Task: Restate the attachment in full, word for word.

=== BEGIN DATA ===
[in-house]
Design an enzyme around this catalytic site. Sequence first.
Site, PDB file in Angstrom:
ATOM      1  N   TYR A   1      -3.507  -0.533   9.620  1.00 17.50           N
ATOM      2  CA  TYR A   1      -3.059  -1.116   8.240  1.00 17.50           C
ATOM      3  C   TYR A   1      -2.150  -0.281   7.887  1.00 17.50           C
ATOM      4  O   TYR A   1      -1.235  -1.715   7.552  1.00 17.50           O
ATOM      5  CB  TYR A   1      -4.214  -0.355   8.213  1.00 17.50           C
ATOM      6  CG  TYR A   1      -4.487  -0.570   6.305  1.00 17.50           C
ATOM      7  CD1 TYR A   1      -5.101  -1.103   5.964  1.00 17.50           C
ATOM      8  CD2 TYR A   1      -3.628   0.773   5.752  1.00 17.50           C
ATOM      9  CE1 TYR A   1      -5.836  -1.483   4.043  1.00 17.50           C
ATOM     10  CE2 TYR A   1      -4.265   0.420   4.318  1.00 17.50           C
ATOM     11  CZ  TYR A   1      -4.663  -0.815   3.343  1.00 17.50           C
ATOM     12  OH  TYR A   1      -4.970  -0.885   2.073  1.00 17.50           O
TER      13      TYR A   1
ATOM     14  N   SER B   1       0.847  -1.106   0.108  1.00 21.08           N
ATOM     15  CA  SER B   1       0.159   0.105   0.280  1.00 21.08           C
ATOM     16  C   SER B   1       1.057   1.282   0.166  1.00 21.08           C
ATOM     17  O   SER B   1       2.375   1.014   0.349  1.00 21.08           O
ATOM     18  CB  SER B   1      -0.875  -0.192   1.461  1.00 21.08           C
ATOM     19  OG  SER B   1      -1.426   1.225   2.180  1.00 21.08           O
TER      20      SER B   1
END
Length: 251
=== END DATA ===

[in-house]
Design an enzyme around this catalytic site. Sequence first.
Site, PDB file in Angstrom:
ATOM      1  N   TYR A   1      -3.507  -0.533   9.620  1.00 17.50           N
ATOM      2  CA  TYR A   1      -3.059  -1.116   8.240  1.00 17.50           C
ATOM      3  C   TYR A   1      -2.150  -0.281   7.887  1.00 17.50           C
ATOM      4  O   TYR A   1      -1.235  -1.715   7.552  1.00 17.50           O
ATOM      5  CB  TYR A   1      -4.214  -0.355   8.213  1.00 17.50           C
ATOM      6  CG  TYR A   1      -4.487  -0.570   6.305  1.00 17.50           C
ATOM      7  CD1 TYR A   1      -5.101  -1.103   5.964  1.00 17.50           C
ATOM      8  CD2 TYR A   1      -3.628   0.773   5.752  1.00 17.50           C
ATOM      9  CE1 TYR A   1      -5.836  -1.483   4.043  1.00 17.50           C
ATOM     10  CE2 TYR A   1      -4.265   0.420   4.318  1.00 17.50           C
ATOM     11  CZ  TYR A   1      -4.663  -0.815   3.343  1.00 17.50           C
ATOM     12  OH  TYR A   1      -4.970  -0.885   2.073  1.00 17.50           O
TER      13      TYR A   1
ATOM     14  N   SER B   1       0.847  -1.106   0.108  1.00 21.08           N
ATOM     15  CA  SER B   1       0.159   0.105   0.280  1.00 21.08           C
ATOM     16  C   SER B   1       1.057   1.282   0.166  1.00 21.08           C
ATOM     17  O   SER B   1       2.375   1.014   0.349  1.00 21.08           O
ATOM     18  CB  SER B   1      -0.875  -0.192   1.461  1.00 21.08           C
ATOM     19  OG  SER B   1      -1.426   1.225   2.180  1.00 21.08           O
TER      20      SER B   1
END
Length: 251